Depression in America greatly shaped social psychology
1936 the Society for the Psychological Study of Social Issues (SPSSI)
was established. It began by creating ethics and values in research
- Kurt lewin was a founder
- “No research without action, and no action without research”
- By the world wars fascism was a major problem and its anti-intellectual stand led to immigration of social scientists to America
- Additionally, social behavior knowledge in wartime programs were included
- In 1936 the Society for the Psychological Study of Social Issues (SPSSI) was established. It began by creating ethics and values in research
- After the wars ended social psychology grew in America and its theories began to be used world over
- Many prominent social
psychologists came out post war:
Festinger (1957): Cognitive dissonance
- Influence of group on individuals
Milgram (1963): Obedience
- Most people would follow any instruction given by an authority figure, even to the extent of killing an innocent human being.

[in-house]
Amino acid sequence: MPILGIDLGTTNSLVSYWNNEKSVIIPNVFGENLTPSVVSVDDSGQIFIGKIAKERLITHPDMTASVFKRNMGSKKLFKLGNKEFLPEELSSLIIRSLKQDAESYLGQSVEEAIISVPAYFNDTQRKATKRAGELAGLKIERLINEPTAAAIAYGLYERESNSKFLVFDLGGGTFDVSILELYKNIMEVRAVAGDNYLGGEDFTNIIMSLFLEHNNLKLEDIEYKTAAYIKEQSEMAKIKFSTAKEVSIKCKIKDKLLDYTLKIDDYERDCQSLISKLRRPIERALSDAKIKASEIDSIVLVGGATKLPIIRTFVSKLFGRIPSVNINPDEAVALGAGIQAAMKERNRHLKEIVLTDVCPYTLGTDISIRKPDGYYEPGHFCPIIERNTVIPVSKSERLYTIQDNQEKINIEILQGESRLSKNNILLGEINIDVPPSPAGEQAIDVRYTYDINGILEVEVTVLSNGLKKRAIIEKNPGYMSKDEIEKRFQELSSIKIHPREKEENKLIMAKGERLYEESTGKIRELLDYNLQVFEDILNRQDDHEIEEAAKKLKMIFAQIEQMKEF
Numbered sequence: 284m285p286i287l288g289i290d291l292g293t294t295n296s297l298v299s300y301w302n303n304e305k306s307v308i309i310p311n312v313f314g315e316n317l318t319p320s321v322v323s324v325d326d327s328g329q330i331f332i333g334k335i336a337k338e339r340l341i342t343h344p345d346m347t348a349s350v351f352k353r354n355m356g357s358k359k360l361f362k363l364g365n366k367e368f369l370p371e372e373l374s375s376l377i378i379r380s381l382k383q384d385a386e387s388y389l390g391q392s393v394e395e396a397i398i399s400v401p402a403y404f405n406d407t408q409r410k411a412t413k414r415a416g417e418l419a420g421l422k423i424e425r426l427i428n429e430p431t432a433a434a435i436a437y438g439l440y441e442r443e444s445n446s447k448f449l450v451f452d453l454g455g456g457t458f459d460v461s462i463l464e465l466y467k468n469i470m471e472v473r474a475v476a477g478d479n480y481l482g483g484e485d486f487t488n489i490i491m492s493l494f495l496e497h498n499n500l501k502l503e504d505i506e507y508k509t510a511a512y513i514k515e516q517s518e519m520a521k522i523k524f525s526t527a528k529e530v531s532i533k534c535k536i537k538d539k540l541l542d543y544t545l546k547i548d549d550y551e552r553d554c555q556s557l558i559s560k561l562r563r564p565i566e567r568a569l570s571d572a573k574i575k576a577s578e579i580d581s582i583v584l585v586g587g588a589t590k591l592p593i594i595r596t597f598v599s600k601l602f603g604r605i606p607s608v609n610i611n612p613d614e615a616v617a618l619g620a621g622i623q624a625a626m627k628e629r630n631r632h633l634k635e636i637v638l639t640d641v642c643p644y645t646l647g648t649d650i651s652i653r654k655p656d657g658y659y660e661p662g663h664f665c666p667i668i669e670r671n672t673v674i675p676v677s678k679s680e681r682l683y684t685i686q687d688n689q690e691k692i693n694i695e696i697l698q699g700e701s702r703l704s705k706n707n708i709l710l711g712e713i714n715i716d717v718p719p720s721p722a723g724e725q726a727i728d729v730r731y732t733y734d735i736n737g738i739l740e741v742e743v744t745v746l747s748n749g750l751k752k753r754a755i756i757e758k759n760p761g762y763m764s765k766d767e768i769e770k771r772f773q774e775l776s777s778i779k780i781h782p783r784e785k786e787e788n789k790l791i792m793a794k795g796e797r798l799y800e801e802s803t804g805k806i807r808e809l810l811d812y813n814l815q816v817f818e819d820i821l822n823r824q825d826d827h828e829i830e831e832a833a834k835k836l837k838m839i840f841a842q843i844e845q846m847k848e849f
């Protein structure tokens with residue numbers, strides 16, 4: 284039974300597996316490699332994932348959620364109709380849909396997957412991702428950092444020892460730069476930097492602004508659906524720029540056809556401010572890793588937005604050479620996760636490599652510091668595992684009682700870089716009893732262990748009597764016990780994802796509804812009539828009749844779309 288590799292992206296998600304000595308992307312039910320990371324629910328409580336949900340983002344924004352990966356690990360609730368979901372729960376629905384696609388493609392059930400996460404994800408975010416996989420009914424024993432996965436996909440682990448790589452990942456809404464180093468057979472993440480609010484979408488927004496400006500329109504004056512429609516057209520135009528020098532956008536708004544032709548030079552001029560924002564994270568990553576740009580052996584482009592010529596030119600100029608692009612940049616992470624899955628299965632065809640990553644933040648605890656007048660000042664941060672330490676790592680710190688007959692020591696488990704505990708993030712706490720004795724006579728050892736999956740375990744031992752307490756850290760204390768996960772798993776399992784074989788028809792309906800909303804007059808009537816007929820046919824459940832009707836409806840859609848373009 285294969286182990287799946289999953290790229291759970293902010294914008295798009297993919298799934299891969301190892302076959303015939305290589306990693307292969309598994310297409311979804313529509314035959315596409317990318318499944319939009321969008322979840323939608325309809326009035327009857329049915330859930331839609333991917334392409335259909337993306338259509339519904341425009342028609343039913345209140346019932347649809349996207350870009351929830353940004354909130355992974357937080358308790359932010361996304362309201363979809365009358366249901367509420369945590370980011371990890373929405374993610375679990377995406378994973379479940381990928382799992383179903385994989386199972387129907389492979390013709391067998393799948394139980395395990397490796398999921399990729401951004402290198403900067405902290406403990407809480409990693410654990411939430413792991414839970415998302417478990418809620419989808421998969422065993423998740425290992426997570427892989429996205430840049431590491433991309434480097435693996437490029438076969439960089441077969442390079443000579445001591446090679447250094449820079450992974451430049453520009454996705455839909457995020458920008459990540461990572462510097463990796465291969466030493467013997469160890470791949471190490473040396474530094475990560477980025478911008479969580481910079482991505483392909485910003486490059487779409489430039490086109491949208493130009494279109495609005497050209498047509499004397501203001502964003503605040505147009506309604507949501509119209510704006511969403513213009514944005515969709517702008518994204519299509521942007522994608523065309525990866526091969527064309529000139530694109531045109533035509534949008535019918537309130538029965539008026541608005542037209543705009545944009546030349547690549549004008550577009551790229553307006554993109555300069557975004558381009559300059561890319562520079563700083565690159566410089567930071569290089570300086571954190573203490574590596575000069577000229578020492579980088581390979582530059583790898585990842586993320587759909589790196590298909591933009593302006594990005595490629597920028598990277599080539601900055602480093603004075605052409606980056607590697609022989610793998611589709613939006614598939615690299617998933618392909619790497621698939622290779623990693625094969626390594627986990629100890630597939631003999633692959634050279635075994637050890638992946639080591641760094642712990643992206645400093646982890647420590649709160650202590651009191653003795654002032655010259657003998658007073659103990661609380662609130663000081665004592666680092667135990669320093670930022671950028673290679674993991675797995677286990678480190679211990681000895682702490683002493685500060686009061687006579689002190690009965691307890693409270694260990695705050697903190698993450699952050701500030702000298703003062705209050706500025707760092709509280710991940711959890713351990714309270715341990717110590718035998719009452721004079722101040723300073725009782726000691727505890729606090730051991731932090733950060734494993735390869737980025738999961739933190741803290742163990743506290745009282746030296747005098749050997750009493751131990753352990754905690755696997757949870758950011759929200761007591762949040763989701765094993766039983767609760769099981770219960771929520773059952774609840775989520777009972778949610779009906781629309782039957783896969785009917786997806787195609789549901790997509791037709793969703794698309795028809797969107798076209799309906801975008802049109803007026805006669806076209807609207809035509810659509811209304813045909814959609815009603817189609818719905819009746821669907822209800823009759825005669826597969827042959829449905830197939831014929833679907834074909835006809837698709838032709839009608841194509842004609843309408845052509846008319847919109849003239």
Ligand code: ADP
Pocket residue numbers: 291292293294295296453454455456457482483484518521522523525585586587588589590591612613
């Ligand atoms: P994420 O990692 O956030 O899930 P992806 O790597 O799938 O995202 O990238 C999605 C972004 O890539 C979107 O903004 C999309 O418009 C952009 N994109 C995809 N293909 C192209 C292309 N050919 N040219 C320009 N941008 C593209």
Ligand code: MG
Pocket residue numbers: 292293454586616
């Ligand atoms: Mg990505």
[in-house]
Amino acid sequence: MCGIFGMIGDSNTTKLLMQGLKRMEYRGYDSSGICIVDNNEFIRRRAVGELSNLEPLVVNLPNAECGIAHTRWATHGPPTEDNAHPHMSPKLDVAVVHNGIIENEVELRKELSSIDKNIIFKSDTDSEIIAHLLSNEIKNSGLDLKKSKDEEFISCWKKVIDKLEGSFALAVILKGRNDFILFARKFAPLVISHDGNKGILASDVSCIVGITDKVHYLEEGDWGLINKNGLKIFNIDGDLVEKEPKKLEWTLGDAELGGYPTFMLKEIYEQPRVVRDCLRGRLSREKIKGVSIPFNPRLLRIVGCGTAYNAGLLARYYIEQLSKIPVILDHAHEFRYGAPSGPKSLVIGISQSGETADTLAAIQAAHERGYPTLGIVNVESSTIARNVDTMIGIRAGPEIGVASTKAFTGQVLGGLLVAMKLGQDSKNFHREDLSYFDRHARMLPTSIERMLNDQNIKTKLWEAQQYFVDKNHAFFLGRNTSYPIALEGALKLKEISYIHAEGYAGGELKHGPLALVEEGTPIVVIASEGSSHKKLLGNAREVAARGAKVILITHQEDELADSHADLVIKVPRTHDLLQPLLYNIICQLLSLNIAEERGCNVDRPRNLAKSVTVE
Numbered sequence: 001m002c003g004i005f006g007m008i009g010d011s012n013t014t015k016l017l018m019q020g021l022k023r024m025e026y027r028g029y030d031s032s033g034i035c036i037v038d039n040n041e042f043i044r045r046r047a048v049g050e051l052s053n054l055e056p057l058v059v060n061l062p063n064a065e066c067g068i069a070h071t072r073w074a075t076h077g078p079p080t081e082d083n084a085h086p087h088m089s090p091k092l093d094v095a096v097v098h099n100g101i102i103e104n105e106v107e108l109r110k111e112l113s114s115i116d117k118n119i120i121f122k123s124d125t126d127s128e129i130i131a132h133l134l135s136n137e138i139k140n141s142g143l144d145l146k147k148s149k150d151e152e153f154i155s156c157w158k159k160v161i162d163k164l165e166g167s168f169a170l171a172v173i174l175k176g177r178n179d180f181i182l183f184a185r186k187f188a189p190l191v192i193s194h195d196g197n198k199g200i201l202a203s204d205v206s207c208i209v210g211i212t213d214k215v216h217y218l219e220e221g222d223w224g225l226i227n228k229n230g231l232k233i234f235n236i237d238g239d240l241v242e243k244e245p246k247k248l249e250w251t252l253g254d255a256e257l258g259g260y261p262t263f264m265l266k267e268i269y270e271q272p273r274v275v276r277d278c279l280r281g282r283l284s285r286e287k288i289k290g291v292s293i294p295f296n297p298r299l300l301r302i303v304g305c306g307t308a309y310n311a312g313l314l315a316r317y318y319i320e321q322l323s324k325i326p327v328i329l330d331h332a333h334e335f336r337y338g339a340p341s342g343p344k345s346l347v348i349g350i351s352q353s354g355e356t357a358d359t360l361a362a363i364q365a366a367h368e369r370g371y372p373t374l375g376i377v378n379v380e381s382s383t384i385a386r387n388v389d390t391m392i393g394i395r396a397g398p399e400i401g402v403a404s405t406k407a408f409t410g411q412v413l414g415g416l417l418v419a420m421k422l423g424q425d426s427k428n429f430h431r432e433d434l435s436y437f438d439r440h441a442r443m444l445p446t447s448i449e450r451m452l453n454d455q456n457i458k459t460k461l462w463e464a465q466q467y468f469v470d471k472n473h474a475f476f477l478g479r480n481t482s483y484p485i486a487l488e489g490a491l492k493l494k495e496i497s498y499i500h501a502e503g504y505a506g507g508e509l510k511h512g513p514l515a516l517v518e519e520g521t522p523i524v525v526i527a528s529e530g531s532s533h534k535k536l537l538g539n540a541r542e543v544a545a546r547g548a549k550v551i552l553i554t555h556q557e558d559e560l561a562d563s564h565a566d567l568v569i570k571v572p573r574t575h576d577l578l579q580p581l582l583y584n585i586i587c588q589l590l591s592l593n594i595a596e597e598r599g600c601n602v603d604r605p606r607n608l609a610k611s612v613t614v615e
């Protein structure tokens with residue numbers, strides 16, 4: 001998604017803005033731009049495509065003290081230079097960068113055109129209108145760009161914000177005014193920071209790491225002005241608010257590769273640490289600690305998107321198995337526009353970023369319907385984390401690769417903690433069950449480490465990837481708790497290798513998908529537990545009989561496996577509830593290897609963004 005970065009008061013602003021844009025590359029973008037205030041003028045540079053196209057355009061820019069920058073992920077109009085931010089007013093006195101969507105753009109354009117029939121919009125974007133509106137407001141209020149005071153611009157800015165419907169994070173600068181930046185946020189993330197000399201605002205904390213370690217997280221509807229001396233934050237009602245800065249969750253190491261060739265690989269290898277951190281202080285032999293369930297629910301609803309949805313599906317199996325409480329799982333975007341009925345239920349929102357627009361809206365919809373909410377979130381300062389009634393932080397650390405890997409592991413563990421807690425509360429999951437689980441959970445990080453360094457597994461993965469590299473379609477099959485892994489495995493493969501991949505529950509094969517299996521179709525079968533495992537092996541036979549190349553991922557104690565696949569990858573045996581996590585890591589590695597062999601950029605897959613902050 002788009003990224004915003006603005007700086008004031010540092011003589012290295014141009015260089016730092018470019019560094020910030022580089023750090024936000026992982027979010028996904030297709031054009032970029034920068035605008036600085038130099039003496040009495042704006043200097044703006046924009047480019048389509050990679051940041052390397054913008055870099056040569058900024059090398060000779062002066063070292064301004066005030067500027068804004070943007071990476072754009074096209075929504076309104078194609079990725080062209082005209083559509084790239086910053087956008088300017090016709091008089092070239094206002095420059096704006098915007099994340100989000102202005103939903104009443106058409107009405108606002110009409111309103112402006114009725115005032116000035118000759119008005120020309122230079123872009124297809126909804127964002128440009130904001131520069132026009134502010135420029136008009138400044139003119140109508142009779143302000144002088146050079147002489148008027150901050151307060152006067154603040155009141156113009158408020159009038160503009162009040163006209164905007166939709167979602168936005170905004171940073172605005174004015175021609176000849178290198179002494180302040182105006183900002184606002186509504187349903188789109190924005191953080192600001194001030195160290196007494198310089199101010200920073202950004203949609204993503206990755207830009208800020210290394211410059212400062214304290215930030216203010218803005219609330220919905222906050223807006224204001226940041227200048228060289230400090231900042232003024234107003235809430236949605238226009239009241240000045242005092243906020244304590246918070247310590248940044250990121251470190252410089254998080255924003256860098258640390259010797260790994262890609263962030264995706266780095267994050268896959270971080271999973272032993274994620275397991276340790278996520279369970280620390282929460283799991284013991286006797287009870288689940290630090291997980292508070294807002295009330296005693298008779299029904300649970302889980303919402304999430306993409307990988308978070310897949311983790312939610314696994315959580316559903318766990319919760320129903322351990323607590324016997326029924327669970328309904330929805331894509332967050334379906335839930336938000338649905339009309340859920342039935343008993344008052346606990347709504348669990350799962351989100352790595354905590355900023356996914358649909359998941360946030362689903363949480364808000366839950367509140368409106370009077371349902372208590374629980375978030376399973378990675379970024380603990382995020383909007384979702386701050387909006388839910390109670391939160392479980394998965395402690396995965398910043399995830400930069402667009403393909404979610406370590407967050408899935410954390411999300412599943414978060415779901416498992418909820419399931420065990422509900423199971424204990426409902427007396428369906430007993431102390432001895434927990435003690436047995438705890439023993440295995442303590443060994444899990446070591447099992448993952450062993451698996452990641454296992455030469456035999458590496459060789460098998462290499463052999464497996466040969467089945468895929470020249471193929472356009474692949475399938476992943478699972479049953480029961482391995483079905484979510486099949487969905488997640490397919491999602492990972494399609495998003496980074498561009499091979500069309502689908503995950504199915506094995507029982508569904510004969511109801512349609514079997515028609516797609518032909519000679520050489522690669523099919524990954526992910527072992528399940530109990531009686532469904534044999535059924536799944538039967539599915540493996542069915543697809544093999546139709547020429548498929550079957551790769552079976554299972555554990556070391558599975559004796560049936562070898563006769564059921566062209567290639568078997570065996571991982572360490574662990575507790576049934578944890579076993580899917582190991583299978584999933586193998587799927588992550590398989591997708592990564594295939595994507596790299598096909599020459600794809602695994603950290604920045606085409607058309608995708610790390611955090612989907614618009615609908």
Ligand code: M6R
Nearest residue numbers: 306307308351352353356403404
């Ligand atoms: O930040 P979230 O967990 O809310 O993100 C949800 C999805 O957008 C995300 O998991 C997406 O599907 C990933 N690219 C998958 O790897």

Allport: Contant hypothesis
- Desegregation and reduction of racial prejudice
- Elaine Hatfield and Ellen Berscheid (1969) – Interpersonal or Romantic Attractions
- Zimbardo – Social roles and its effects
- Bib Latane and John Darley (1968) – bystander intervention
- Leon Festinger (1957): Cognitive dissonance
- Important milestones:
- 1970s – European and Latin American SP association founded
- 1995 – Asian Association of SP was formed
- Western Ideas began with
- Wilhelm Wundt
- Edward Titchener (Wundt’s student)
- underlying structure that underlie all the things human do
- power of the will (voluntarism)
Theory of Consciousness
- break down the mind into categories and find relationships between these categories and final relationships between these categories
- William James
of consciousness and the mind
- to study the functions of consciousness rather than its structure
- Sigmund Freud
- John B. Watson
- Thorndike- Thorndike’s law
- Pavlov – classical conditioning
- Skinner- operant/instrumental conditioning
- Bandura- social cognitive theory/ observation learning
- Cognitive Revolution
- Aaron Beck – Cognitive Behavioural Therapy (CBT)
- Noam Chomsky,
- Albert Ellis- Rational Emotive Behavioural Therapy (REBT)